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Canadian home sales slumped again in September — and benchmark price went down, too

Canada's housing market continued to cool last month, new numbers from the Canadian Real Estate Association show Friday, as the number of homes sold has now fallen for three months in a row and benchmark prices slipped lower, too.

Benchmark prices fell by 0.3% during month, first decline since March

A for sale sign outside a house for sale in Toronto.

Canada's housing market continued to cool last month, new numbers from the Canadian Real Estate Association show Friday, as the number of homes sold has now fallen for three months in a row and benchmark prices slipped lower, too.

CREA, which represents more than 100,000 realtors across Canada and tabulates monthly statistics based on sales on its Multiple Listings Service, said the trend of slowing sales that started with the rapid escalation in interest rates continued during the month, with sales volume inching lower every month since June.

CREA's national price index slipped by 0.3 per cent during the month — its first decline since March — mostly because of a sharp slowdown in Ontario. In most other provinces, prices are still inching higher, albeit a lot more slowly.

Buyers "seem content to stick to the sidelines until there's more evidence that interest rates are indeed finally at the top," CREA president Larry Cerqua said. "This, combined with sellers who, by and large, do not need to sell, means the market will likely remain on the slower side until next year."

Benjamin Reitzes, an economist with Bank of Montreal, agrees with the assessment that the housing market is in for a bumpy ride as long as interest rates remain at their current level.

"The current level of interest rates and prices don't mix well. One of the two needs to come down, and it doesn't look like the Bank of Canada is poised to cut rates any time soon," he said. "Housing could be in for a rough winter, though as usual, location matters a lot, with some provinces likely to struggle more than others."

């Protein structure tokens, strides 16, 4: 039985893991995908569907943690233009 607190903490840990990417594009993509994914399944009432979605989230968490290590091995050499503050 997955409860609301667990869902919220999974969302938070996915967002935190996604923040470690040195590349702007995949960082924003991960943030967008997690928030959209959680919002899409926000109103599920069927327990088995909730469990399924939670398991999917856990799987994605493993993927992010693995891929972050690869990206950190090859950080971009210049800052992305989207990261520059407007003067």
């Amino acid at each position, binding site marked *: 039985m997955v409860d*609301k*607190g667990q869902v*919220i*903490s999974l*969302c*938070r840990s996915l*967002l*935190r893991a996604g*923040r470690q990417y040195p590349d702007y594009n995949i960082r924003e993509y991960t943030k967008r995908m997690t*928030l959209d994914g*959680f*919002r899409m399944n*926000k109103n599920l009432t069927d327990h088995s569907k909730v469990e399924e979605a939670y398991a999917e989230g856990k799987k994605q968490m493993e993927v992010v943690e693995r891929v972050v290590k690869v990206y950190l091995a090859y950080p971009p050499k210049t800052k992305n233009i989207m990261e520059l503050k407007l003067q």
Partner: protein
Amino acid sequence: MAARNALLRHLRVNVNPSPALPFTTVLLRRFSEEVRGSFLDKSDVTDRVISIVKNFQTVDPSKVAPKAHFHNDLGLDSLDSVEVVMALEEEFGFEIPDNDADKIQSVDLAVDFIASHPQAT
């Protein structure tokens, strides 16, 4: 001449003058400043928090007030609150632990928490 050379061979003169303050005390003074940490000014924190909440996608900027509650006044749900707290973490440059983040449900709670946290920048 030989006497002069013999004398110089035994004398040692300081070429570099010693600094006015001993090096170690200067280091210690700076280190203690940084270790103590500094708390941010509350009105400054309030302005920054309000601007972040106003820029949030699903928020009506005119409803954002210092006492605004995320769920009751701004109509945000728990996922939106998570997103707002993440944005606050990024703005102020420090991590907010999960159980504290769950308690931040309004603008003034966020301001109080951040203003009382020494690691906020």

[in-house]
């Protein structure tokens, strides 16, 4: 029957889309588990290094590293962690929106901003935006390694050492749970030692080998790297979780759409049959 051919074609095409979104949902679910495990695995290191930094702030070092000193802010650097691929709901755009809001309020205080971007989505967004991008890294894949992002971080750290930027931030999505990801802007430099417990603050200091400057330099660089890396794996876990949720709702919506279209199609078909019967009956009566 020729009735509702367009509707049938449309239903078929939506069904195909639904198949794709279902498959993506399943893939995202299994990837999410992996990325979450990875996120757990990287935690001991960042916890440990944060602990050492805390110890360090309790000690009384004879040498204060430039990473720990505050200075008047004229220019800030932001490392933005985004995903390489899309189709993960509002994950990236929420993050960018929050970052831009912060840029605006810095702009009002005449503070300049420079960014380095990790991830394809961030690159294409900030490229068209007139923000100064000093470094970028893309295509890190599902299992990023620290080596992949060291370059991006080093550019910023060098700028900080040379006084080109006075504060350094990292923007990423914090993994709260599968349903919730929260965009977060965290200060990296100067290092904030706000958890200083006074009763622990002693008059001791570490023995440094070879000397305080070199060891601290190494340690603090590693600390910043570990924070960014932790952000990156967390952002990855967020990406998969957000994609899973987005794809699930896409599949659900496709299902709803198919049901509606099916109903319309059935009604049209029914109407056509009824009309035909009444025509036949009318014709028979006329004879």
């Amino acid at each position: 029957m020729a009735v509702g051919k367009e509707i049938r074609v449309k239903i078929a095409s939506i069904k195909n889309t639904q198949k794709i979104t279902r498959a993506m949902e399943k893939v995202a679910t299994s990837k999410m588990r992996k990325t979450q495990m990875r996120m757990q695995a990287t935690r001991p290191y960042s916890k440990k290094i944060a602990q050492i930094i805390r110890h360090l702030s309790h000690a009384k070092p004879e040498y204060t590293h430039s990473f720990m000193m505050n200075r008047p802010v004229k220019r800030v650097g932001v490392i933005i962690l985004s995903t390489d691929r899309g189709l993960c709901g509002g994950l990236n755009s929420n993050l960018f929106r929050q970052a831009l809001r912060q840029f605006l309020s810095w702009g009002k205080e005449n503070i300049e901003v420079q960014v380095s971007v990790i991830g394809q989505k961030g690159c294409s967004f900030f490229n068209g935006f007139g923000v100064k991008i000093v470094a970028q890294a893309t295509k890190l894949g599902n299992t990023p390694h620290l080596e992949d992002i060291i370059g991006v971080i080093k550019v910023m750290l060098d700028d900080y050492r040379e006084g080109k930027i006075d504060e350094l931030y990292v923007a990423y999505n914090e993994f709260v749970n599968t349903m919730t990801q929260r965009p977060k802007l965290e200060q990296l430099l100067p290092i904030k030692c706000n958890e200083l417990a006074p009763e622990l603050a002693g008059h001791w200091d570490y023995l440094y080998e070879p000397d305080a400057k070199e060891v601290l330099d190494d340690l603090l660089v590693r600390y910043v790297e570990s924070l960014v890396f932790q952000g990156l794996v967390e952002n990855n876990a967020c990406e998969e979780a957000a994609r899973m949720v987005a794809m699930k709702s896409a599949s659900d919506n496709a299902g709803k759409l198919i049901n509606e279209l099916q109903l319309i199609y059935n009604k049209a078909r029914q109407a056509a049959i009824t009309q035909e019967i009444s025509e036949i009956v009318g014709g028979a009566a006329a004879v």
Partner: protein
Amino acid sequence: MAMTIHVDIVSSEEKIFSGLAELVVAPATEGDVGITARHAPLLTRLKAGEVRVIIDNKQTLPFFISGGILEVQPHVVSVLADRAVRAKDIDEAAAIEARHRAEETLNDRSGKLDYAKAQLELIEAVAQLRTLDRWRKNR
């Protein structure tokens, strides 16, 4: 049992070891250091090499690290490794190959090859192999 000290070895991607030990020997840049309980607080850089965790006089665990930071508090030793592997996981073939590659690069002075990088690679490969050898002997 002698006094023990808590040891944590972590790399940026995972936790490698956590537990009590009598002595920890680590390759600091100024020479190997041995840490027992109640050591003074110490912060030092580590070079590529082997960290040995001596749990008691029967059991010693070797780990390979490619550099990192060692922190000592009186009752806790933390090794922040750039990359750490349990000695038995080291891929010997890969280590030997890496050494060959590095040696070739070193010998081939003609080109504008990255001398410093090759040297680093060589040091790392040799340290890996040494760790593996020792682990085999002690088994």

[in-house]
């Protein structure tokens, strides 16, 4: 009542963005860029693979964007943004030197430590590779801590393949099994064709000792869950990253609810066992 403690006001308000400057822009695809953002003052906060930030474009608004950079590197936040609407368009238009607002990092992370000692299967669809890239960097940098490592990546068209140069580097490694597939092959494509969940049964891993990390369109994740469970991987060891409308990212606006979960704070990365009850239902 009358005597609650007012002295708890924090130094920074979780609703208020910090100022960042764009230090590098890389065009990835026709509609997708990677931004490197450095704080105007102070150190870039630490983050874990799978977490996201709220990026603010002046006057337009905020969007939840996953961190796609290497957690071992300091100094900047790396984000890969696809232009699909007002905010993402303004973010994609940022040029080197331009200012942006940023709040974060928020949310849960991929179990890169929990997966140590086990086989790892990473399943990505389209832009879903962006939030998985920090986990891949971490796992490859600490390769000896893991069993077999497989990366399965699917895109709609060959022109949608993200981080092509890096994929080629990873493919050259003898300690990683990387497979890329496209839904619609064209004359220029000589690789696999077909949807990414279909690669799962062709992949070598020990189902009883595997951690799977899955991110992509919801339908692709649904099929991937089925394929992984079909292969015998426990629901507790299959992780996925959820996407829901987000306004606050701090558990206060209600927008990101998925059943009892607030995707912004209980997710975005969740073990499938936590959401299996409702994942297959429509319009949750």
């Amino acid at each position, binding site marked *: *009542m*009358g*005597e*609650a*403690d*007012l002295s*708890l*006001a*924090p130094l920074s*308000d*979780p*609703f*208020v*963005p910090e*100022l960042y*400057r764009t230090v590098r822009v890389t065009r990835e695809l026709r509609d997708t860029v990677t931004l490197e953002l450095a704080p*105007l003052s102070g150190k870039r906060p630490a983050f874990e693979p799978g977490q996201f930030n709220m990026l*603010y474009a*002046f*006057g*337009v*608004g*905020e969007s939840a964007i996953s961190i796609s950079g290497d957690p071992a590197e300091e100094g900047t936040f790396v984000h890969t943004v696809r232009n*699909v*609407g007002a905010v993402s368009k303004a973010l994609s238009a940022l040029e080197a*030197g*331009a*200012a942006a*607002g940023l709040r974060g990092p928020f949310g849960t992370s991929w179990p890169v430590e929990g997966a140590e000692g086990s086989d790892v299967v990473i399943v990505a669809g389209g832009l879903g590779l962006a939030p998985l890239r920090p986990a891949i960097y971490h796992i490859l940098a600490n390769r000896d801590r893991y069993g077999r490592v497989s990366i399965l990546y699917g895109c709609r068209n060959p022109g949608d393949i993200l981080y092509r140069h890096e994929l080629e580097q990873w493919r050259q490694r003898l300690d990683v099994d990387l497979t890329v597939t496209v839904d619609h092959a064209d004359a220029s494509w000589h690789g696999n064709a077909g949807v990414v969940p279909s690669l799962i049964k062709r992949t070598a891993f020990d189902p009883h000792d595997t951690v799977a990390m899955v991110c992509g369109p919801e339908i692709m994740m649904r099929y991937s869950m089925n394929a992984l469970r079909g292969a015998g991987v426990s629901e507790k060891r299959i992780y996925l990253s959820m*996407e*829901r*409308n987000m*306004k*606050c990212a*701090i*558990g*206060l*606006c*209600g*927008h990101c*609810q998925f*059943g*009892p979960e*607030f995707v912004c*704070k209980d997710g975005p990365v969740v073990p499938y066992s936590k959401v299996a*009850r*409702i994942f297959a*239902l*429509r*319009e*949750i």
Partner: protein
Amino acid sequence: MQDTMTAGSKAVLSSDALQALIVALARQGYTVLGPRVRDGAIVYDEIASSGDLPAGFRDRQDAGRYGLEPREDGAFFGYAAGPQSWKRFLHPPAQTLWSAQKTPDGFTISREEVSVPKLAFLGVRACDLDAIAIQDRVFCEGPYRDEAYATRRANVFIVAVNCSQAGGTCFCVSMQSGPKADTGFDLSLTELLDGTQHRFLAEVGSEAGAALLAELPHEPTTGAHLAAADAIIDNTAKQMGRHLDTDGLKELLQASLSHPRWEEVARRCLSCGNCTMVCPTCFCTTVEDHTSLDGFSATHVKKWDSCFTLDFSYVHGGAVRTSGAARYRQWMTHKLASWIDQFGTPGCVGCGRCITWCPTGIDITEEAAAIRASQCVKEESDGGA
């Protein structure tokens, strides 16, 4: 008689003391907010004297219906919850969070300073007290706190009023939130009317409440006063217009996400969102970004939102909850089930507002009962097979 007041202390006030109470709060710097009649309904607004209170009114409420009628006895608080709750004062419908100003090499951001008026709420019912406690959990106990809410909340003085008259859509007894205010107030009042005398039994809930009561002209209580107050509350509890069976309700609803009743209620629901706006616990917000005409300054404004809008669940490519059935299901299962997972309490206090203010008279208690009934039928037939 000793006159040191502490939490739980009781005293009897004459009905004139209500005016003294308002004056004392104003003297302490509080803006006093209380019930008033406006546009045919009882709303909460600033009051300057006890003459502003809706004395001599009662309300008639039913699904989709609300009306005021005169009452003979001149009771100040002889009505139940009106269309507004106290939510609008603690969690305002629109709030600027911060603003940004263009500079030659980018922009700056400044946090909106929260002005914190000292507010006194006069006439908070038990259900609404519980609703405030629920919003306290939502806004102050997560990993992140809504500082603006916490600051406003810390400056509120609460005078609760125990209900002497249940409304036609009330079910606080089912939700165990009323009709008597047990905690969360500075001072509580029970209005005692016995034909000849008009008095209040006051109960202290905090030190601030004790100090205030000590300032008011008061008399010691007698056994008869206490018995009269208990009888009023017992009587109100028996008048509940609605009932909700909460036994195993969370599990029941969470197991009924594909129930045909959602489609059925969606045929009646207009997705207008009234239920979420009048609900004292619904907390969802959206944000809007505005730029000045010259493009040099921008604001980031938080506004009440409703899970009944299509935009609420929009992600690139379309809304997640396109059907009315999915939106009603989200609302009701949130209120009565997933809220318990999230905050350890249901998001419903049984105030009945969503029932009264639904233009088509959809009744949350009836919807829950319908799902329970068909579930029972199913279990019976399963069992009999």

Across the country, the average selling price of a home that sold last month was $655,507. That's an increase of 2.5 per cent from where it was this time last year, but CREA says the average figure can be misleading because it's easily skewed by what's happening in the big, expensive markets of Toronto and Vancouver.

Vassil Staykov, a realtor in Toronto, says the only reason the average selling price isn't a lot lower than it is at present is a shift in the sales mix. "We're selling a lot more detached homes than condos, which skews the median price," he told CBC News in an interview.

Big gap between buyers and sellers

Staykov says the main theme of the housing market right now is a vast disconnect between sellers who are stubbornly trying to get the high prices they have their hopes pinned on, and buyers looking for a bargain.

"We're coming off of three years of skewed data that have changed our perception of everything, but the real story is lack of absorption — stuff is just not selling."

Staykov says buyer fatigue is settling in, but not of the usual type, where buyers stop trying after being disillusioned from losing in multiple bidding wars. Instead, they're getting fed up because sellers are refusing to accept that the market has cooled.

"I'm getting low-balled left, right and centre on three listings right now, and I'm also low-balling a bunch of listings myself," he said.

Sales of repossessed homes inch higher

Another trend in the current housing market is a surge of listings with price changes — a sign that sellers aren't getting offers at their asking price and are trying to adjust on the fly to attract buyers.

Exact figures are hard to come by, but across the Greater Toronto Area there were 823 listings with price changes in September. To date in October, Staykov said there have already been 880.

"It just goes to show we have a lot of price discovery happening in the market right now," he said.

There's also an uptick in the number of homes where the seller is a lender who has repossessed the property because the owner defaulted on the loan. Staykov said he currently counts about 70 such sales in Toronto, about double the number he saw in December.

"Power of sales will likely continue to creep up and a lot of them will come from … private mortgages, which are at higher rates/riskier borrower profiles."

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